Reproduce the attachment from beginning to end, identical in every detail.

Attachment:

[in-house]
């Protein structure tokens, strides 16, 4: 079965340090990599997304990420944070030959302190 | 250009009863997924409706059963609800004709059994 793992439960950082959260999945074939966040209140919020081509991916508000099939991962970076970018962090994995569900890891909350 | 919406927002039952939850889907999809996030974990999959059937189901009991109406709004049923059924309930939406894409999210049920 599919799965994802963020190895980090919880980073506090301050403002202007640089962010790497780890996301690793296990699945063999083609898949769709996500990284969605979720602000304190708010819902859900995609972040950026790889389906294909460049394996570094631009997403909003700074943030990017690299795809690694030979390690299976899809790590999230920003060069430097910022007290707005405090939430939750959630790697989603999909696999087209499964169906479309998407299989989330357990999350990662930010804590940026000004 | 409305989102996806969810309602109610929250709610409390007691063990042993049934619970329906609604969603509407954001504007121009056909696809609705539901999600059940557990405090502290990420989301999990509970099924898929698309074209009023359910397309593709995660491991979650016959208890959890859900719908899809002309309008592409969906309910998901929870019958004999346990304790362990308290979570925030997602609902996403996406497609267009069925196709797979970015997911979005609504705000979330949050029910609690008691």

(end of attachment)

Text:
[in-house]
């Protein structure tokens, strides 16, 4: 079965340090990599997304990420944070030959302190 | 250009009863997924409706059963609800004709059994 793992439960950082959260999945074939966040209140919020081509991916508000099939991962970076970018962090994995569900890891909350 | 919406927002039952939850889907999809996030974990999959059937189901009991109406709004049923059924309930939406894409999210049920 599919799965994802963020190895980090919880980073506090301050403002202007640089962010790497780890996301690793296990699945063999083609898949769709996500990284969605979720602000304190708010819902859900995609972040950026790889389906294909460049394996570094631009997403909003700074943030990017690299795809690694030979390690299976899809790590999230920003060069430097910022007290707005405090939430939750959630790697989603999909696999087209499964169906479309998407299989989330357990999350990662930010804590940026000004 | 409305989102996806969810309602109610929250709610409390007691063990042993049934619970329906609604969603509407954001504007121009056909696809609705539901999600059940557990405090502290990420989301999990509970099924898929698309074209009023359910397309593709995660491991979650016959208890959890859900719908899809002309309008592409969906309910998901929870019958004999346990304790362990308290979570925030997602609902996403996406497609267009069925196709797979970015997911979005609504705000979330949050029910609690008691």